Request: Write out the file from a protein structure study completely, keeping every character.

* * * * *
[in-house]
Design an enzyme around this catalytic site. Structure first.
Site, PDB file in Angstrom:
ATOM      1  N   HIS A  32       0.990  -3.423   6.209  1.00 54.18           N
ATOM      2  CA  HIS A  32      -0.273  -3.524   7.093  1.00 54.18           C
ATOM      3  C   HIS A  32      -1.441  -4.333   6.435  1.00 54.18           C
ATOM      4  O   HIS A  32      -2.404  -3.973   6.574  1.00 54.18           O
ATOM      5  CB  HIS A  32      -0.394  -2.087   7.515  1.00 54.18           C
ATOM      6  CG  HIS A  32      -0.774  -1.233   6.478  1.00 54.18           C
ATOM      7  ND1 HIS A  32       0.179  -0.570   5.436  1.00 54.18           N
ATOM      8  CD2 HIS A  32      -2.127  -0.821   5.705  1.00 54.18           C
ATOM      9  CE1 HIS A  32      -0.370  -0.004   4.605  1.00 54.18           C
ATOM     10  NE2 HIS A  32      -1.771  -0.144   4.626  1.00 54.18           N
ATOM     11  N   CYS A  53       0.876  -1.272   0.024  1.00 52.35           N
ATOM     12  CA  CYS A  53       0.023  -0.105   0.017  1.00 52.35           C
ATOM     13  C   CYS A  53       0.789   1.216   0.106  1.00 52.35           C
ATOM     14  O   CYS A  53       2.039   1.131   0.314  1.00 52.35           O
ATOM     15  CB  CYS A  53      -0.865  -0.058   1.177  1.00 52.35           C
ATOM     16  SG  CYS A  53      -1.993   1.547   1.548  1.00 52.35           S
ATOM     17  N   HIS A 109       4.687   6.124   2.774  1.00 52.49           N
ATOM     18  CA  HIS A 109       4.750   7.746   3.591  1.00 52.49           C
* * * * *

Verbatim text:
[in-house]
Design an enzyme around this catalytic site. Structure first.
Site, PDB file in Angstrom:
ATOM      1  N   HIS A  32       0.990  -3.423   6.209  1.00 54.18           N
ATOM      2  CA  HIS A  32      -0.273  -3.524   7.093  1.00 54.18           C
ATOM      3  C   HIS A  32      -1.441  -4.333   6.435  1.00 54.18           C
ATOM      4  O   HIS A  32      -2.404  -3.973   6.574  1.00 54.18           O
ATOM      5  CB  HIS A  32      -0.394  -2.087   7.515  1.00 54.18           C
ATOM      6  CG  HIS A  32      -0.774  -1.233   6.478  1.00 54.18           C
ATOM      7  ND1 HIS A  32       0.179  -0.570   5.436  1.00 54.18           N
ATOM      8  CD2 HIS A  32      -2.127  -0.821   5.705  1.00 54.18           C
ATOM      9  CE1 HIS A  32      -0.370  -0.004   4.605  1.00 54.18           C
ATOM     10  NE2 HIS A  32      -1.771  -0.144   4.626  1.00 54.18           N
ATOM     11  N   CYS A  53       0.876  -1.272   0.024  1.00 52.35           N
ATOM     12  CA  CYS A  53       0.023  -0.105   0.017  1.00 52.35           C
ATOM     13  C   CYS A  53       0.789   1.216   0.106  1.00 52.35           C
ATOM     14  O   CYS A  53       2.039   1.131   0.314  1.00 52.35           O
ATOM     15  CB  CYS A  53      -0.865  -0.058   1.177  1.00 52.35           C
ATOM     16  SG  CYS A  53      -1.993   1.547   1.548  1.00 52.35           S
ATOM     17  N   HIS A 109       4.687   6.124   2.774  1.00 52.49           N
ATOM     18  CA  HIS A 109       4.750   7.746   3.591  1.00 52.49           C